By Kathy and Keith Glennan
On Saturday mornings, the Glennans get up, dress nicely, grab the video camera bag, and head off to church, arriving at 9 am, about 60 minutes before the time to start recording the Sunday worship. The recording process has changed dramatically since the start of the COVID-19 related closure of the sanctuary, when Sue Krehbiel shared a short prayer service on Facebook live via her iPhone, to the current setup of capturing a full worship service. We now use a computer, microphones, a mixer, two video cameras, and a teleprompter. After experiments with livestreaming the service, we moved to recording on Saturday mornings. This allows for less stress, and the ability to be more flexible about when which segments of the service are recorded. For example, we may record the musical offering first, which allows the soloist to leave before the main part of the service starts. We also have the option of a do-over, if something goes wrong. While there are substantial benefits of recording for delayed viewing, there are also some drawbacks, especially when it comes to stitching the service together. We have to keep track of multiple takes and the desired order of the service. To facilitate this work, we acquired a whiteboard clapper, just like they use on movie sets. On a typical Saturday, we are done recording at 11 am, although certain services do take longer. For most people, the service commitment ends there, but not for Keith, who spends about three hours each week putting the segments together, cutting in prerecorded segments, adjusting the sound, and finally adding in the hymn texts. Once everything is final, he processes the file and then uploads it to Facebook and YouTube, setting the “premiere” time for the next day.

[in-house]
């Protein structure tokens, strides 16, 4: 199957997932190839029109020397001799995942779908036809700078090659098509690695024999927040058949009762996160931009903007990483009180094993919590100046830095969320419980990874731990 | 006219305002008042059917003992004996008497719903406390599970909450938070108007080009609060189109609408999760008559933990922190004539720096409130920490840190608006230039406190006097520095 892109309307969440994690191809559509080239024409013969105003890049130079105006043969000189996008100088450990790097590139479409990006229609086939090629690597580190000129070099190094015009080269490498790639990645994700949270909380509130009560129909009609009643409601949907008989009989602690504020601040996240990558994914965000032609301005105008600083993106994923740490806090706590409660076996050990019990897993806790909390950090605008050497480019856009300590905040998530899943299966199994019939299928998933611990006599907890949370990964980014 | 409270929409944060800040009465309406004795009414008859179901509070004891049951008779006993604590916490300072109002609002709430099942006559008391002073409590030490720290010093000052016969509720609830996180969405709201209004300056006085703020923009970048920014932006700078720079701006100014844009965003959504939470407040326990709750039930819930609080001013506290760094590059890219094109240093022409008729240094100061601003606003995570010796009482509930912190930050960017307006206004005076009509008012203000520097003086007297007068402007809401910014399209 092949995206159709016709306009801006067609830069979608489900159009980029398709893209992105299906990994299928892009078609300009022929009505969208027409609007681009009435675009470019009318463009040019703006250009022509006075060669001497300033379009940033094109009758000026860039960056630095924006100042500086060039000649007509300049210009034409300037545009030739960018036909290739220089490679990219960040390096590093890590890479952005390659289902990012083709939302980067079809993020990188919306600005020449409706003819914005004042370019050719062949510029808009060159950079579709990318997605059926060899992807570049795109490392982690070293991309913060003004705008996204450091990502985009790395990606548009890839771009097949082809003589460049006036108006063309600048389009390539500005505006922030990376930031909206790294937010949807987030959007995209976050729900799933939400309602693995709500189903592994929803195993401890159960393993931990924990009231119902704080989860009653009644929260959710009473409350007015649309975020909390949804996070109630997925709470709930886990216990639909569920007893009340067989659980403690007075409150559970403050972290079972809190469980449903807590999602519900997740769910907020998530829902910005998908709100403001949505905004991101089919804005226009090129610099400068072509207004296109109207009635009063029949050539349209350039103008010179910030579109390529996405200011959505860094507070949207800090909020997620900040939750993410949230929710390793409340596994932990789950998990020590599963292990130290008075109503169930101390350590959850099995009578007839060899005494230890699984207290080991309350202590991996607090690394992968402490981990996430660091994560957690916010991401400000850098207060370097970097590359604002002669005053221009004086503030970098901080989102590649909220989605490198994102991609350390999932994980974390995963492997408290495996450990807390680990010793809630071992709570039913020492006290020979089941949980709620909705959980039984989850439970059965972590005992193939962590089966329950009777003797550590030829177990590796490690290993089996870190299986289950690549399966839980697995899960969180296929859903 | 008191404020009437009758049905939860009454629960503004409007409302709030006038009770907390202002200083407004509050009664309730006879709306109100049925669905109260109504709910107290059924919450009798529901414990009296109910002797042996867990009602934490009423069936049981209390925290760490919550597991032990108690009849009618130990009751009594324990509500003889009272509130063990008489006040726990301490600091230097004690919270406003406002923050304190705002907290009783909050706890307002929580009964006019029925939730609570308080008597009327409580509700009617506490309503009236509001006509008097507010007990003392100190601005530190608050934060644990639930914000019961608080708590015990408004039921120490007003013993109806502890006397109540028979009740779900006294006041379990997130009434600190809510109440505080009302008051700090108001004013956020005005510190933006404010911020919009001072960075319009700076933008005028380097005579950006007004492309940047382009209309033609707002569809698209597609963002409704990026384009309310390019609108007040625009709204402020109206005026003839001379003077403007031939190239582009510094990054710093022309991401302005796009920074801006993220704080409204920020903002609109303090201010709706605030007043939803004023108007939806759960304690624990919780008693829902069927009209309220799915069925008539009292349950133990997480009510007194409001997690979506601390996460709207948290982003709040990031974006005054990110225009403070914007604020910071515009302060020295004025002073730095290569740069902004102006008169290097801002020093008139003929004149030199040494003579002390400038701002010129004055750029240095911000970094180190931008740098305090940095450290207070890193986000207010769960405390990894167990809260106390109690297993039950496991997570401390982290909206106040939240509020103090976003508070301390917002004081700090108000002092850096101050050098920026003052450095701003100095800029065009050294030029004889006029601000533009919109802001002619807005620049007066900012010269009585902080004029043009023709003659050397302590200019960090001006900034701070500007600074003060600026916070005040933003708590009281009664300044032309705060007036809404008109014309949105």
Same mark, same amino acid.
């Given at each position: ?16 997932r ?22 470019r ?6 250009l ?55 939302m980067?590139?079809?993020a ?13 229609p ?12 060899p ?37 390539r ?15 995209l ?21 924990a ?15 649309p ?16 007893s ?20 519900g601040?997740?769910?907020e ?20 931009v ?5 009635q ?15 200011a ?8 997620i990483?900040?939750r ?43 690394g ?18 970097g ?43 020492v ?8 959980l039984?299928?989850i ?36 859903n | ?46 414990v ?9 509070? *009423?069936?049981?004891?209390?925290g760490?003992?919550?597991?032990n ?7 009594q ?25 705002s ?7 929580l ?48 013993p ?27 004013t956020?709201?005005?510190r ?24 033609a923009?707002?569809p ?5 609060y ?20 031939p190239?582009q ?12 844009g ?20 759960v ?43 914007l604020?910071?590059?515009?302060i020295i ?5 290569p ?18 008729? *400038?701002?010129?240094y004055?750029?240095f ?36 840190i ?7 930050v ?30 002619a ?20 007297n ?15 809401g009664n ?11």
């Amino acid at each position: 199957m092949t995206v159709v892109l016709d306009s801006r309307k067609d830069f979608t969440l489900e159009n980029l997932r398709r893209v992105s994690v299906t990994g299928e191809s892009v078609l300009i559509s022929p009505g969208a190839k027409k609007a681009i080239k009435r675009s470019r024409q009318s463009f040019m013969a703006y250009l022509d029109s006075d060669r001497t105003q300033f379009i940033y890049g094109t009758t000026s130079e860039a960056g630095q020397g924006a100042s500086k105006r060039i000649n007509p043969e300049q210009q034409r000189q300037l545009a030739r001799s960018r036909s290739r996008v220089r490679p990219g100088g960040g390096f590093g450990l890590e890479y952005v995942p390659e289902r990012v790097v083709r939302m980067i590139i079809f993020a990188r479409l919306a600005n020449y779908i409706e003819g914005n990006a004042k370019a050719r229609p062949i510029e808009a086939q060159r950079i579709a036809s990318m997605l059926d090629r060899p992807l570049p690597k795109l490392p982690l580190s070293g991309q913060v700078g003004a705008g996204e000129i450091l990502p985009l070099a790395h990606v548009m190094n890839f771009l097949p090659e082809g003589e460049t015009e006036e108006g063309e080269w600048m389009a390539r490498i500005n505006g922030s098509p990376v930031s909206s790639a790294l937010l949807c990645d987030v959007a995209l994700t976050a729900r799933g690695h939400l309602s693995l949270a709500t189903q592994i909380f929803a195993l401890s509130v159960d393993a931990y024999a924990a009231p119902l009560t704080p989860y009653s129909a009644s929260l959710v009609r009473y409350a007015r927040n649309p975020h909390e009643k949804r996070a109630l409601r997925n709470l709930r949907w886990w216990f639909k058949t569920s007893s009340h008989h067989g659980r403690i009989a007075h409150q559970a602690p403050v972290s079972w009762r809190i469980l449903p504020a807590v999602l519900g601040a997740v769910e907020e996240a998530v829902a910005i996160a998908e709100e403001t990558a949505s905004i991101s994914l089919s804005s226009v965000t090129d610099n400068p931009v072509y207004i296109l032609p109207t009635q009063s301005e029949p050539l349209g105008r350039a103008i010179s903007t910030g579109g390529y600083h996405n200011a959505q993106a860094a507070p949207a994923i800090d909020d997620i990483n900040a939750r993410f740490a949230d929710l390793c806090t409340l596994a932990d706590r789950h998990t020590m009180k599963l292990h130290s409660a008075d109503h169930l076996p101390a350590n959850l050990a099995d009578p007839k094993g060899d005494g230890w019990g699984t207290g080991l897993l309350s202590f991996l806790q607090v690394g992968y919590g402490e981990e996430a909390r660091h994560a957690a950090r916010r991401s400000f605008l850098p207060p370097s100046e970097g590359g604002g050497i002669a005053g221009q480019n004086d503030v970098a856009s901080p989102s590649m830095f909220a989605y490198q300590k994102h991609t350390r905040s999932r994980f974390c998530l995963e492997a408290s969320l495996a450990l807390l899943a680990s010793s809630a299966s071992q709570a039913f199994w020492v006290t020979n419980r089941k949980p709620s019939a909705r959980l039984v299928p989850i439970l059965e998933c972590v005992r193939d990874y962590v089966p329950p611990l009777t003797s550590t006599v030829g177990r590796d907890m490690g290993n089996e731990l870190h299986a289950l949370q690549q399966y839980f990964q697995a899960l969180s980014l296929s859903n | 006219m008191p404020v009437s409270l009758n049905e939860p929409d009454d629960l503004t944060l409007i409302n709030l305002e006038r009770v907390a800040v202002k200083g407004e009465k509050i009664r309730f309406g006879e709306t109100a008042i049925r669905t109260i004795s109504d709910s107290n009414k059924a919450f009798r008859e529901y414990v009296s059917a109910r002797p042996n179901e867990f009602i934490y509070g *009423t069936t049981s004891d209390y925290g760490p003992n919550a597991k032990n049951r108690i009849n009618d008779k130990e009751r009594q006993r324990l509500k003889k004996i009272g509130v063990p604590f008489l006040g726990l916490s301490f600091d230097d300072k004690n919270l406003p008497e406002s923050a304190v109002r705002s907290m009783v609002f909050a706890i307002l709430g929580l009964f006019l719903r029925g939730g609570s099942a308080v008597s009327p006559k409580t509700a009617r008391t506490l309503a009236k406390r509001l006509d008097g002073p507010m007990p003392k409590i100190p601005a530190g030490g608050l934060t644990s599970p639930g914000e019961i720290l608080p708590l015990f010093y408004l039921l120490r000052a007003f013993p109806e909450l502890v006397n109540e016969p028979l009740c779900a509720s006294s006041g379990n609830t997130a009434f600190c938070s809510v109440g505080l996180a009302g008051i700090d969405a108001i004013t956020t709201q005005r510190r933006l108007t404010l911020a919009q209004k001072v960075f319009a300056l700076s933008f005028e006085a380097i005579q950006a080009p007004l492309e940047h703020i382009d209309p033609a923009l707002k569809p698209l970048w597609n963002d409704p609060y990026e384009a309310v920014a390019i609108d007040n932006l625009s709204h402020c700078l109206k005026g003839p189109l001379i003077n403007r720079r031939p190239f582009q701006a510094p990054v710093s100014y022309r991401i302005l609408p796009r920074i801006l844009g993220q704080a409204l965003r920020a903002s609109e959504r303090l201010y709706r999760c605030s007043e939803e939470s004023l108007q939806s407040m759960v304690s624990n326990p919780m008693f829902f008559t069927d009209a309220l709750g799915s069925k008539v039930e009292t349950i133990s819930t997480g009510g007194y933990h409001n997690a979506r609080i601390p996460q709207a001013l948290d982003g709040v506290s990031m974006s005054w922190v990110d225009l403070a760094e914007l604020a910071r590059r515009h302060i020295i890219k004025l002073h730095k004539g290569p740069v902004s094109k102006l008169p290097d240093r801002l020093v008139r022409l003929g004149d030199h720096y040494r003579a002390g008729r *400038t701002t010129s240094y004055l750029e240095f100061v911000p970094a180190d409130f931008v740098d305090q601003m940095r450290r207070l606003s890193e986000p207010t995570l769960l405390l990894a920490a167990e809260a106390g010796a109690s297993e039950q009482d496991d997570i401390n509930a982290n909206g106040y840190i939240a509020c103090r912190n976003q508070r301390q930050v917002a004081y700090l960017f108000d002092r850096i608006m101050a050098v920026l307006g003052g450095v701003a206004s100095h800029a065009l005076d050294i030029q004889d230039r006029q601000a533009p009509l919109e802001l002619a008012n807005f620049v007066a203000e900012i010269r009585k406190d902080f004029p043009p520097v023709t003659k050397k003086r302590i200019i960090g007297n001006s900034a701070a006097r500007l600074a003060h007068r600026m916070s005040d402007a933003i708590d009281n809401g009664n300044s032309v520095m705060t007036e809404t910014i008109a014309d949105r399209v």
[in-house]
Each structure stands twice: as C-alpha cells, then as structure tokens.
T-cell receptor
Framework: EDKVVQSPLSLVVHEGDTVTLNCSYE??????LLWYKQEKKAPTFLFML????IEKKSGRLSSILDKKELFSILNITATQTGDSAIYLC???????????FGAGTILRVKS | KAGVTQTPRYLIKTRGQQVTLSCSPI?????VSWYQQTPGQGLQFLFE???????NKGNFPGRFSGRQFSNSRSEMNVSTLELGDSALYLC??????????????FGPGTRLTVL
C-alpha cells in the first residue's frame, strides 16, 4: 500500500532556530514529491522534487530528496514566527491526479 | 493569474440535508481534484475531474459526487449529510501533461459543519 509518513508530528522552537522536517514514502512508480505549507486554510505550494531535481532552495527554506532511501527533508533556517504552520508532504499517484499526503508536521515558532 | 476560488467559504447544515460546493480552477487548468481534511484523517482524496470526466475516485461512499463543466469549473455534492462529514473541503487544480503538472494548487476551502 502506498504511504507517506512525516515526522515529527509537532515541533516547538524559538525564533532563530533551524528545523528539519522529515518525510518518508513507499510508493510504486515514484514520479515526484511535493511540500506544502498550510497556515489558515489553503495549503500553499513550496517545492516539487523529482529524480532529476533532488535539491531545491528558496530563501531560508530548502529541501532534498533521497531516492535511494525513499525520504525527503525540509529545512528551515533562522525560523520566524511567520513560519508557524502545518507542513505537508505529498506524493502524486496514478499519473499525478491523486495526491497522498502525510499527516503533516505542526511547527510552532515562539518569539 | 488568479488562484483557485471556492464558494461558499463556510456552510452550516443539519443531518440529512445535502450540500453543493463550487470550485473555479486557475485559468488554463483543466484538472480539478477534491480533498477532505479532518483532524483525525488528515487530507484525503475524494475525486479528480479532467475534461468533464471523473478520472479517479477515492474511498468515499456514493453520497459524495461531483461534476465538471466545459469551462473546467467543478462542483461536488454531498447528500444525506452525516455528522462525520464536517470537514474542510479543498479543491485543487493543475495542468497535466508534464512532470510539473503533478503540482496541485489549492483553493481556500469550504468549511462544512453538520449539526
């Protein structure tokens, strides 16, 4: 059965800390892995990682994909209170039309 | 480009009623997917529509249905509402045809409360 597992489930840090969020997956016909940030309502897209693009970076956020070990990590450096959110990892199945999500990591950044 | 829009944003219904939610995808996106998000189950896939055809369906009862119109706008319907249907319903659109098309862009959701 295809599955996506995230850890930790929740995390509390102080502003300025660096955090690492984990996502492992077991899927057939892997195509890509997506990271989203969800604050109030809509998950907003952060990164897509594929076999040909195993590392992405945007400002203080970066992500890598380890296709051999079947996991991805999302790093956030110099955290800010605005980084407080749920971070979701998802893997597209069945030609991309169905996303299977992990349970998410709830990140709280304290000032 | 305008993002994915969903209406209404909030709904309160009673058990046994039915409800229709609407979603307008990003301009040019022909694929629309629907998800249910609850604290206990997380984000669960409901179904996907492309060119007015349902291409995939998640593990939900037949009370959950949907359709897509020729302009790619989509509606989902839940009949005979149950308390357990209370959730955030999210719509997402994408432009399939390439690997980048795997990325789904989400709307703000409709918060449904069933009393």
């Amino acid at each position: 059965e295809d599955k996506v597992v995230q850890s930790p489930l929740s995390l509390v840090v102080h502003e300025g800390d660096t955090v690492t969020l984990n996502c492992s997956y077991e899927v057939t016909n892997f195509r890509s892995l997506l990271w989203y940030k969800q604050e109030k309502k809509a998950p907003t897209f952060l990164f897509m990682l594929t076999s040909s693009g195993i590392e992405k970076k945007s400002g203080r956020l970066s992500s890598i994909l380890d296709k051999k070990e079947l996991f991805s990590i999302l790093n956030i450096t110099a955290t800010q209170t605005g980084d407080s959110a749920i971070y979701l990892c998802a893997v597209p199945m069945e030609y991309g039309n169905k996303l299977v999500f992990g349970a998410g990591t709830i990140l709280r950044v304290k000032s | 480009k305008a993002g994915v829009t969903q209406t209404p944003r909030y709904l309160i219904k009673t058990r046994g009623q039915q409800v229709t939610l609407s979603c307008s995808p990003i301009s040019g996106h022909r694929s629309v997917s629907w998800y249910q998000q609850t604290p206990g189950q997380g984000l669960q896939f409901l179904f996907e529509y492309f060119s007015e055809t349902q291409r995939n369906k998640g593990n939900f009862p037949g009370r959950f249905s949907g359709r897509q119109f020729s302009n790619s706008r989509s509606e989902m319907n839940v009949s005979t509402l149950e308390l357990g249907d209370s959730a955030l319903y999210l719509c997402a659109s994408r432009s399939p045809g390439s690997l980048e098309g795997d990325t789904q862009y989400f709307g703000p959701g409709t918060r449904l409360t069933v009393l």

Things are a little different for other services we have captured. Kathy recorded the summer outdoor vesper series on the main video camera. We did not try to air this live; instead, Keith uploaded the video a few hours after those services ended. The most recent prayer service was done on Facebook Live; this requires an entirely dif- ferent mindset, including knowing exactly when we are going live, remembering that we can’t start over if there are any problems. However, the live broadcast means that Keith’s work is done when the service is over.
Over the past eight months, we have been in a continuous improvement mode with the technology, upgrading the computer, buying an additional mixer and microphones, and obtaining a remote-controlled camera. Adding more technology means more people are involved. Initially, Keith did the technology, but after a few weeks he asked Kathy to come and run the video camera. Vickie Lord agreed to manage implementing the teleprompter, which requires uploading the service text and manually scrolling through the display as the text is read.
While we all miss the opportunity to gather and worship together as a congregation, there have been some unexpected benefits. We have been able to welcome current and former members who are normally unable to participate due to health, mobility, or location considerations. Too, we have been blessed with participation and feedback by a number of pastors who have been able to join us who would normally be busy when we gather in person. It’s clear that even after a vaccine is available, CPC members and friends will still want remote access to our services. This is another change that the pandemic has brought which we will need to live into in the months and years ahead. However, once more than 10 people start attending worship again, we will have to make some more adjustments, like not setting up the computer in the center aisle!
It has been a real privilege to serve the congregation in this way during the pandemic, and we are grateful for the support and encouragement that you all have provided as we have collectively navigated these challenges.